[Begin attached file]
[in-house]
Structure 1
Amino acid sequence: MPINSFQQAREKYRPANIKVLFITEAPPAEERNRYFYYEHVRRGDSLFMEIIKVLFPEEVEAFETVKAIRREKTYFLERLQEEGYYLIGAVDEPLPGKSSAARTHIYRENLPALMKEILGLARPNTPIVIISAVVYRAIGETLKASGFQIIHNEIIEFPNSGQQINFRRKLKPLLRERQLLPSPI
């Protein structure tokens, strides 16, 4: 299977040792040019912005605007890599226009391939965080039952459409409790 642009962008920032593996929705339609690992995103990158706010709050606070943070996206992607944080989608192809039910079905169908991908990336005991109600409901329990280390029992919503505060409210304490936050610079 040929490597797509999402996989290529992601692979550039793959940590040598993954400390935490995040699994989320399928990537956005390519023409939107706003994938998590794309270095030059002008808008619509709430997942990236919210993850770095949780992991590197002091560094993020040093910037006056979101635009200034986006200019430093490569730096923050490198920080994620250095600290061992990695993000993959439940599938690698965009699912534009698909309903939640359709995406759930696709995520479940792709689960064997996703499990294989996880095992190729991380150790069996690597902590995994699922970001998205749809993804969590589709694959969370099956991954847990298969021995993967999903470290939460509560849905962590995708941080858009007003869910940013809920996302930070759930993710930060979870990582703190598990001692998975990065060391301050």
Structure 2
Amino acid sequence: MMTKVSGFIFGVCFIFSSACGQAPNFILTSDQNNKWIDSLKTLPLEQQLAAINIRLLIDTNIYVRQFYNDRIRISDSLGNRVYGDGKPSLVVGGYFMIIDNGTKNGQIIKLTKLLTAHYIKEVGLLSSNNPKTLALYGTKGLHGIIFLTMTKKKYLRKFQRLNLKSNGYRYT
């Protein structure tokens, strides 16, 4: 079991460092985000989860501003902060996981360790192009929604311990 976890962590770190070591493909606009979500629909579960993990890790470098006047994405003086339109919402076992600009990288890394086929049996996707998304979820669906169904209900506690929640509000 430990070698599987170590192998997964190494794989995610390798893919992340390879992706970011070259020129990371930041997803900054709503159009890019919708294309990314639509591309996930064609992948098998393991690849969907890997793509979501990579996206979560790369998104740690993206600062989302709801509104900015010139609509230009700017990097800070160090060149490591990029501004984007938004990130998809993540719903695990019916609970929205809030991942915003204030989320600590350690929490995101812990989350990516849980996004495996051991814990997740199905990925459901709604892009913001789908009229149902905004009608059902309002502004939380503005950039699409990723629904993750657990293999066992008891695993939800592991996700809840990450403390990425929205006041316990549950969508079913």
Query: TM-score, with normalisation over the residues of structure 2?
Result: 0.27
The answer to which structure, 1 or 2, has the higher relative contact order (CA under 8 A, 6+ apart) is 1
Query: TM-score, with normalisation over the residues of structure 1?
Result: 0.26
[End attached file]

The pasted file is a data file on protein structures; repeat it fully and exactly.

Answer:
[in-house]
Structure 1
Amino acid sequence: MPINSFQQAREKYRPANIKVLFITEAPPAEERNRYFYYEHVRRGDSLFMEIIKVLFPEEVEAFETVKAIRREKTYFLERLQEEGYYLIGAVDEPLPGKSSAARTHIYRENLPALMKEILGLARPNTPIVIISAVVYRAIGETLKASGFQIIHNEIIEFPNSGQQINFRRKLKPLLRERQLLPSPI
């Protein structure tokens, strides 16, 4: 299977040792040019912005605007890599226009391939965080039952459409409790 642009962008920032593996929705339609690992995103990158706010709050606070943070996206992607944080989608192809039910079905169908991908990336005991109600409901329990280390029992919503505060409210304490936050610079 040929490597797509999402996989290529992601692979550039793959940590040598993954400390935490995040699994989320399928990537956005390519023409939107706003994938998590794309270095030059002008808008619509709430997942990236919210993850770095949780992991590197002091560094993020040093910037006056979101635009200034986006200019430093490569730096923050490198920080994620250095600290061992990695993000993959439940599938690698965009699912534009698909309903939640359709995406759930696709995520479940792709689960064997996703499990294989996880095992190729991380150790069996690597902590995994699922970001998205749809993804969590589709694959969370099956991954847990298969021995993967999903470290939460509560849905962590995708941080858009007003869910940013809920996302930070759930993710930060979870990582703190598990001692998975990065060391301050």
Structure 2
Amino acid sequence: MMTKVSGFIFGVCFIFSSACGQAPNFILTSDQNNKWIDSLKTLPLEQQLAAINIRLLIDTNIYVRQFYNDRIRISDSLGNRVYGDGKPSLVVGGYFMIIDNGTKNGQIIKLTKLLTAHYIKEVGLLSSNNPKTLALYGTKGLHGIIFLTMTKKKYLRKFQRLNLKSNGYRYT
């Protein structure tokens, strides 16, 4: 079991460092985000989860501003902060996981360790192009929604311990 976890962590770190070591493909606009979500629909579960993990890790470098006047994405003086339109919402076992600009990288890394086929049996996707998304979820669906169904209900506690929640509000 430990070698599987170590192998997964190494794989995610390798893919992340390879992706970011070259020129990371930041997803900054709503159009890019919708294309990314639509591309996930064609992948098998393991690849969907890997793509979501990579996206979560790369998104740690993206600062989302709801509104900015010139609509230009700017990097800070160090060149490591990029501004984007938004990130998809993540719903695990019916609970929205809030991942915003204030989320600590350690929490995101812990989350990516849980996004495996051991814990997740199905990925459901709604892009913001789908009229149902905004009608059902309002502004939380503005950039699409990723629904993750657990293999066992008891695993939800592991996700809840990450403390990425929205006041316990549950969508079913």
Query: TM-score, with normalisation over the residues of structure 2?
Result: 0.27
The answer to which structure, 1 or 2, has the higher relative contact order (CA under 8 A, 6+ apart) is 1
Query: TM-score, with normalisation over the residues of structure 1?
Result: 0.26